What is Optimization for Your Business?

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What is Optimization for Your Business?

By John Orr - 08/31/2016
Optimization, as defined by Merriam-Webster[1], is the process of making something as fully perfect, functional or effective as possible. Optimization sounds like an appropriate vision for retailers, but there are many layers underpinning this commonly used business term. Without understanding what you are trying to “optimize” and why, it is hard to achieve success and a lot of money, time, and effort can be spent trying to capture an elusive outcome.
For example, to say, “we want to optimize our scheduling,” is meaningless without defining the parameters for and goals of your optimization.  First and foremost it’s an opportunity to drive performance and profitability. 

While optimization doesn’t necessarily translate to “automation,” it’s a cornerstone of optimizing success.  That’s why I’m amazed that two-thirds of retailers still use some form of manual scheduling. I’ve known some managers to keep two sets of schedules – the official, “optimized” schedule that they submit for corporate review, and the unofficial, manually created schedule that is actually used in the store.  This disconnect is often the result of trying to make too big a leap -- from manual to fully automated -- without considering the change management impact and the optimization goals.

Here are some considerations that can help retailers define what optimization means for their organization:
  •          Optimize budgets: Helps close the traditional disconnect between finance and store operations by optimizing for the required work in the stores while maintaining fiscal control and governance.
  •          Optimize collaborative teams: Ensures that the labor model used fully represents how collaboratively the associates in the stores work.  Many legacy systems do not provision for sharing of work and optimizing its coverage.
  •          Optimize labor distribution and payroll spend: Aligns traffic (the best indicator of opportunity,) transactions, or sales with demand coverage needs to provide an optimized fit of labor distribution curves with customer demands.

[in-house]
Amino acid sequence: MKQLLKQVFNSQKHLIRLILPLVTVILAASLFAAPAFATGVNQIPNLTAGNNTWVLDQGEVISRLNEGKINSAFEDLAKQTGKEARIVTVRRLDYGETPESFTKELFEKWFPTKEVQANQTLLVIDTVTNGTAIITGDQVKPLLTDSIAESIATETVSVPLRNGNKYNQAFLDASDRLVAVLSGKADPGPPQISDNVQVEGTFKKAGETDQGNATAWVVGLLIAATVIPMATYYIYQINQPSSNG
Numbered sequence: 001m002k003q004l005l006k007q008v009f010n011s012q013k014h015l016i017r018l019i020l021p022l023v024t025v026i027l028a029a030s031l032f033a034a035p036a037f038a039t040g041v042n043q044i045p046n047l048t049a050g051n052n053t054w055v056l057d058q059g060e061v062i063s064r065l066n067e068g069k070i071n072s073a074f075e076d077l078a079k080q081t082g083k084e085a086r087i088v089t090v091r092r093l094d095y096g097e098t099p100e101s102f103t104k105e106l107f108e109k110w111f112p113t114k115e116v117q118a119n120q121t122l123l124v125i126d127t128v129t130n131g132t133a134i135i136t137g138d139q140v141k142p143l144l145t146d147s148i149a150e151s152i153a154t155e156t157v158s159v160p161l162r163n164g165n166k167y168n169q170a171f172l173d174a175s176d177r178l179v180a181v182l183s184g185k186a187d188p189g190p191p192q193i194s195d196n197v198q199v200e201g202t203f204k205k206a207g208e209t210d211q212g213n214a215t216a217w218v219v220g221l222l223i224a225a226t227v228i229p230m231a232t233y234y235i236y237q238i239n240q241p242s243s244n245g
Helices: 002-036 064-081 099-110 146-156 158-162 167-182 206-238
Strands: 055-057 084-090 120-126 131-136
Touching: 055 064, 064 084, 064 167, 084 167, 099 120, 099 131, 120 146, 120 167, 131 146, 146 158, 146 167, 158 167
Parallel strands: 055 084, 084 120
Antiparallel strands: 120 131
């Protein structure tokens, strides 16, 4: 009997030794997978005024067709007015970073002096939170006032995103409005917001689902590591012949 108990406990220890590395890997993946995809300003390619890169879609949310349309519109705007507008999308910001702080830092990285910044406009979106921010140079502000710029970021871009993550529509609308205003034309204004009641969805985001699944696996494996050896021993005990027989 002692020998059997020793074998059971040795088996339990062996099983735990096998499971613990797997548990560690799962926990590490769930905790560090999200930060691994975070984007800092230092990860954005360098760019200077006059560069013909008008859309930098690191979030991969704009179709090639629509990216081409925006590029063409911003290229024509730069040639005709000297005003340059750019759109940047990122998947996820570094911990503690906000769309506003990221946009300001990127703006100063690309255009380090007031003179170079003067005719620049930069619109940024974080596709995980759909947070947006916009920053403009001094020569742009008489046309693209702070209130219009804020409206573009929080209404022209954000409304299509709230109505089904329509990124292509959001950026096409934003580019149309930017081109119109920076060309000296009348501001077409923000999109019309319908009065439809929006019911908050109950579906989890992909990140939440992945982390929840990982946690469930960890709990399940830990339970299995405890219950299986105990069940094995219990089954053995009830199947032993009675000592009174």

•         Optimize coverage and service quality: Focuses management and employees on the busiest times, days, and seasons. When covered properly, these power hours result in improved service quality, conversion lift and stronger sales growth
  •         Optimize people and skills assignment: Puts the right person in the right place at the right time with the right skills to cover the specific demand – whether brick and mortar or Omni-channel pack and ship support activities and incentives.
When it comes down to optimizing human capital management, one size does not fit all nor does it need to.  Many retailers have a defined service level commitment and approach that simply needs to be leveraged in the labor model and areas of optimization aforementioned.  Although it is important to understand and know the difference in service and non-service workload, there is no pre-requisite to go off the deep end with over engineered labor standards and approaches that tend to drive costs up, require more administration and updates, and have shown statistically do not deliver to the business.  For example, it might make sense for your organization to first optimize for compliance needs and budgetary constraints and controls, and then focus on task management and omnichannel impacts to the stores. This allows managers the flexibility to schedule associates based on the unique and often “sub-optimal” nature of their individual labor pool and operational needs. At the same time, managers are given the ability to maintain optimal coverage that stays within the bounds of their budget.

Retailers must define what its service level commitments are to its customers, what it means to the business and the users to “optimize,” and then decide what degree of optimization will create the most business value for their organization with minimal initial and ongoing administration costs.  Taking a phased optimization approach will result in the productivity gains, increased conversions, lift in units per transaction (UPT) and overall sales growth that bring true meaning to the term “optimization.”

-John Orr, SVP Retail Ceridian HCM